From: Plastics News
Packaging companies need to look at what millennials want if they want to remain competitive, said Mike Flood of Husky Injection Molding Systems Ltd.(Michael A. Marcotte)
ITASCA, ILL. — Look out Baby Boomers, millennials are gaining.
“This year in the U.S., millennials will overtake Baby Boomers in population,” said Mike Flood of Husky Injection Molding Systems Ltd. Millennials — people born in the early 1980s through the early 2000s — make up more than a quarter of the United States’ population and have annual buying power of $200 billion, he said.
And, since Flood was speaking at the Plastics Caps and Closures Conference, he analyzed what that means for packaging. His job puts a premium on understanding such things. Flood is director of business closure solutioning for the Americas at Husky, which makes high-speed injection molding machines for packaging, medical and other markets.
“At the end of the day, millennials do value smart packaging, efficient packaging,” he said.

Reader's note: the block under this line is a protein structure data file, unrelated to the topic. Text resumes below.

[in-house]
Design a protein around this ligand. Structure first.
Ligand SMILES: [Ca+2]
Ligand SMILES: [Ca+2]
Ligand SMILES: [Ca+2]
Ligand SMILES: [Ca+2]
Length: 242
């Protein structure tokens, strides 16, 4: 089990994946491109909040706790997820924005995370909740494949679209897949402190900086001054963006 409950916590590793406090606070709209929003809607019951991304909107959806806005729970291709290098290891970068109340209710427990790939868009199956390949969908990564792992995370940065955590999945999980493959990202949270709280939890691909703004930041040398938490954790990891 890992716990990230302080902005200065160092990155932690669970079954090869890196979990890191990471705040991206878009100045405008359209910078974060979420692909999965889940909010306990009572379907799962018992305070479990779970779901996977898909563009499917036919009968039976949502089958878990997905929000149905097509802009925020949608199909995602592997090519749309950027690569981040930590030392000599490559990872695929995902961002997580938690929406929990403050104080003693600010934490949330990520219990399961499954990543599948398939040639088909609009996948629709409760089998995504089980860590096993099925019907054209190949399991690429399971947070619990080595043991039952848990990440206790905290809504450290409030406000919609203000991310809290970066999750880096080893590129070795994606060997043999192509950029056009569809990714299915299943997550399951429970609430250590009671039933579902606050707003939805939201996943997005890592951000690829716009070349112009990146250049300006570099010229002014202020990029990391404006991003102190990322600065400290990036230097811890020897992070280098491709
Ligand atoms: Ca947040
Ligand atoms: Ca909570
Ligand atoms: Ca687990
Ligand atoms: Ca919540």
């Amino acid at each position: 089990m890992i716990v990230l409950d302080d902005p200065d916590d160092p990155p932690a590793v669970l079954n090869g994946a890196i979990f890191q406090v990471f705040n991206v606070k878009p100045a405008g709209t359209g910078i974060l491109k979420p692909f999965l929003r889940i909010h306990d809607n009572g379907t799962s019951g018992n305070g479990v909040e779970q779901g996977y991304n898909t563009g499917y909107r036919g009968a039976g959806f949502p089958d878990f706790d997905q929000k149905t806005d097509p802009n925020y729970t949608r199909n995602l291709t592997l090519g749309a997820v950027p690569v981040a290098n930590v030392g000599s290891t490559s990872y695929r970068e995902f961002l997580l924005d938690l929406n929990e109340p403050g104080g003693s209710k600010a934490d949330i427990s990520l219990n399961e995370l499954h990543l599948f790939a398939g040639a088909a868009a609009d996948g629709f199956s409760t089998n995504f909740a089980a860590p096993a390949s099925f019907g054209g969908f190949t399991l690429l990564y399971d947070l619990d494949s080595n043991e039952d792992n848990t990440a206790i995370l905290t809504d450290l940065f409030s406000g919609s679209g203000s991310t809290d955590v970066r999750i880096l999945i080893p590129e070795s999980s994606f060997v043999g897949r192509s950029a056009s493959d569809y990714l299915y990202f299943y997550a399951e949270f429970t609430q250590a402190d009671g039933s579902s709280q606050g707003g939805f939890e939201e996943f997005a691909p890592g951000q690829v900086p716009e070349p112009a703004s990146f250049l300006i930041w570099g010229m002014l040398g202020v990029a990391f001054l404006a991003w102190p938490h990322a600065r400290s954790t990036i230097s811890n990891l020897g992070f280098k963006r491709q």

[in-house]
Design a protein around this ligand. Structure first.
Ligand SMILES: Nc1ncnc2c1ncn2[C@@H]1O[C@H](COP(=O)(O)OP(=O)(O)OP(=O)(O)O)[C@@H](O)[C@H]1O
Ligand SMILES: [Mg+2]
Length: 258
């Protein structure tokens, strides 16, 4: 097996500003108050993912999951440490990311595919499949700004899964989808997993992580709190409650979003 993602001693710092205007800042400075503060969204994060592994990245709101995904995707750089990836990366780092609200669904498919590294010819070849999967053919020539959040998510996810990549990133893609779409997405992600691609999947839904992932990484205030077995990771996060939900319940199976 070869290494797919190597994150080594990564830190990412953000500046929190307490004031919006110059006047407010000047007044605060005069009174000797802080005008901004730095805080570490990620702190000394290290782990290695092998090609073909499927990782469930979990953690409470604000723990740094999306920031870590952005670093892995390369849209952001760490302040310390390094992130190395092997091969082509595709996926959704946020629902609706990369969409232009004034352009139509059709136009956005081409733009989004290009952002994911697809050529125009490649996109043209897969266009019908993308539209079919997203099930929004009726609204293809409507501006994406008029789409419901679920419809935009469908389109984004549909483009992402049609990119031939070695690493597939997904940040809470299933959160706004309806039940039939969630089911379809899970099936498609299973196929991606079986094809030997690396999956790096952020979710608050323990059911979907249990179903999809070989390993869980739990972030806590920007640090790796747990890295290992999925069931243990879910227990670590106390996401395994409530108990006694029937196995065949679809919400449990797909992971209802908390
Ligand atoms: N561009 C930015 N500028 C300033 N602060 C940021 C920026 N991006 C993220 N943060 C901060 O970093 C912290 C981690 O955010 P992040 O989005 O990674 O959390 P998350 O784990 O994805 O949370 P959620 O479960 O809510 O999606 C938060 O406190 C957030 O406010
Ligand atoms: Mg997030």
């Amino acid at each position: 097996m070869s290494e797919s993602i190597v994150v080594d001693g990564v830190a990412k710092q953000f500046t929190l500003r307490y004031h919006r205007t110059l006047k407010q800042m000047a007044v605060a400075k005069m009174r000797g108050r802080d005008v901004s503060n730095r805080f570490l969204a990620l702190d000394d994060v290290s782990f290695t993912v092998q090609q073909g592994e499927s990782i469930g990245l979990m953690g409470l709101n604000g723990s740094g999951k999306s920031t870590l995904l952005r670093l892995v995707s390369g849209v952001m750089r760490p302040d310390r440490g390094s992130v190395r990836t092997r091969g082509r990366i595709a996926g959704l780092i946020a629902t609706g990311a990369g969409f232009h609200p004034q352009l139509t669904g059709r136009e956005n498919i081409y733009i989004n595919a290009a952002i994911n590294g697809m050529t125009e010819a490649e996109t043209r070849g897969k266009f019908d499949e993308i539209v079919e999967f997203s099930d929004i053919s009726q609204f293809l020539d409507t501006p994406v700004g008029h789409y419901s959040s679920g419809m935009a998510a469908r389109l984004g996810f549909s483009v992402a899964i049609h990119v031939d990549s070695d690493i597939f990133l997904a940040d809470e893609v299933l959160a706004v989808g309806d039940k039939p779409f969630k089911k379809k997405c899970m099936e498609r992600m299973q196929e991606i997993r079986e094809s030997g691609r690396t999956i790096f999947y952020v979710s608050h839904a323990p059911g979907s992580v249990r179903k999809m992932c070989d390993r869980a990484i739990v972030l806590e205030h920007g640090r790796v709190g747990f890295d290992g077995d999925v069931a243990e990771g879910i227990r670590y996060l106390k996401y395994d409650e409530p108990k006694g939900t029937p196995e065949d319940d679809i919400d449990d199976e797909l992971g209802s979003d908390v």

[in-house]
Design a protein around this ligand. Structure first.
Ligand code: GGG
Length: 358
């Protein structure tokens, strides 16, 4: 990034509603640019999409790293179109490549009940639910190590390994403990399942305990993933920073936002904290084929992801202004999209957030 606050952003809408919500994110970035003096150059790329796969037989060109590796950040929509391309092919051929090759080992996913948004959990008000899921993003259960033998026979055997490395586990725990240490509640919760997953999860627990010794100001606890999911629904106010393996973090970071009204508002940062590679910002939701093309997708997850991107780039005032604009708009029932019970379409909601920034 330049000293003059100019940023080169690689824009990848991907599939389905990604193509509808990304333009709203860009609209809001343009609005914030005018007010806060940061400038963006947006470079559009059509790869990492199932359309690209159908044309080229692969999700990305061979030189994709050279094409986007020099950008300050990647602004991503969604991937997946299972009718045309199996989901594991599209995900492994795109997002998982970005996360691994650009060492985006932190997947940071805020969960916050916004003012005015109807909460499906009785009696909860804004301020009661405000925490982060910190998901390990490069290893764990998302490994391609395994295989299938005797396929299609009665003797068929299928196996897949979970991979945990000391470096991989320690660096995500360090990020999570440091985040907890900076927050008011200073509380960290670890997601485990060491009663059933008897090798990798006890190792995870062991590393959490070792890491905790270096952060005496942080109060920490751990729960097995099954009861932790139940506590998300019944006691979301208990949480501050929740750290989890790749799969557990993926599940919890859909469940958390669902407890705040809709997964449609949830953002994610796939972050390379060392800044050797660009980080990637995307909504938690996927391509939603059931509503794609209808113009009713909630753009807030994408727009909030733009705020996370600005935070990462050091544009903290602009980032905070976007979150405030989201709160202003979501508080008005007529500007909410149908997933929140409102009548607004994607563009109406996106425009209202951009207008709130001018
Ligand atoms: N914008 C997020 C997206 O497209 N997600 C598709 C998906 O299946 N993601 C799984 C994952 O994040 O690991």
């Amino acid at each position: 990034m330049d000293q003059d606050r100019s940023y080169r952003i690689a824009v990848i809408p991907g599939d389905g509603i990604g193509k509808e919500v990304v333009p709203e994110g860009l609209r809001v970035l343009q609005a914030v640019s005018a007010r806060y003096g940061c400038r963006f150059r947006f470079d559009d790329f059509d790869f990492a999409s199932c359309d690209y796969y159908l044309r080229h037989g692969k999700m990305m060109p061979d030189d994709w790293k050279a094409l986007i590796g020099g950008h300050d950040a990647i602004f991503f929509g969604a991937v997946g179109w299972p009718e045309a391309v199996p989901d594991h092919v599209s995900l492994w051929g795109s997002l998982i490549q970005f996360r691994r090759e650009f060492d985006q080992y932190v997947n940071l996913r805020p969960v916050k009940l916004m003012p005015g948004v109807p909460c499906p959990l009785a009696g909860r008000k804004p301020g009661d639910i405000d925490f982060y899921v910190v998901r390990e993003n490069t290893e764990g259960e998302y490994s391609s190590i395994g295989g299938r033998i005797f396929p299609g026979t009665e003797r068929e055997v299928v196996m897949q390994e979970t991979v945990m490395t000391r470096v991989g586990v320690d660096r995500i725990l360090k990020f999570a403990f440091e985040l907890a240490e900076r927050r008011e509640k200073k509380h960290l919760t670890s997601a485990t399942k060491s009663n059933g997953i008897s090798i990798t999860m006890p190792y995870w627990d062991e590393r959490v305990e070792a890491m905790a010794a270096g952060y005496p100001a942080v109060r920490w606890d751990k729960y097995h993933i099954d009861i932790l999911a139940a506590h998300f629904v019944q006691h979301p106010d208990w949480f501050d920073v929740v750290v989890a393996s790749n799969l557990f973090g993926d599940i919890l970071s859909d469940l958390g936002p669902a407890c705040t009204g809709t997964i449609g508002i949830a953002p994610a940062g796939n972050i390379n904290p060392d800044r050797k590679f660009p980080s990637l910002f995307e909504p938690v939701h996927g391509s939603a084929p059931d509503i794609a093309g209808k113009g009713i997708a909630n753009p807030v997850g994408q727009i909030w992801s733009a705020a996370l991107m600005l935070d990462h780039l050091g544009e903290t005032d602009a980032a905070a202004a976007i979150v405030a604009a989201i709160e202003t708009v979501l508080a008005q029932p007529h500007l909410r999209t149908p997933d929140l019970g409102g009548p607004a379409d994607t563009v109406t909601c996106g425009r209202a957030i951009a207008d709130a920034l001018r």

And “efficient” certainly describes PET bottles and their closures. Each year, they reduce weight by 5 to 6 percent. And good design helps. “That first moment of truth. It’s the first impression where the consumer decides whether to purchase or not,” Flood said.
When making that decision, millennials want shopping to be a personal experience, buying unique products that can relate to — even engage the brand on social networking, Flood said. That opens up opportunity for digital printing to customize bottles and closures, he said.
“Millennials have grown up with plastic bottles,” Flood said, so they have no problems with wine and beer in plastic bottles.
They want products made of recycled content, that are sustainable, he said. And millennials — like the broader population — are seeking healthy products. Flood said packaging makers are seeing the emergence of smaller portion sizes, just enough to quench your thirst without wasting the rest.
Husky constantly tries to make its machines faster. At the 2012 Chinaplas show, the Bolton, Ontario-based machinery manufacturer debuted the HyCAP HPP (for High Performance Package), molding water bottle closures using a 72-cavity mold on a 1.85-second cycle. On the HyCAP HPP, the mold does not open and close. Instead, an internal part ejection system removes the caps and they drop below the mold, through openings.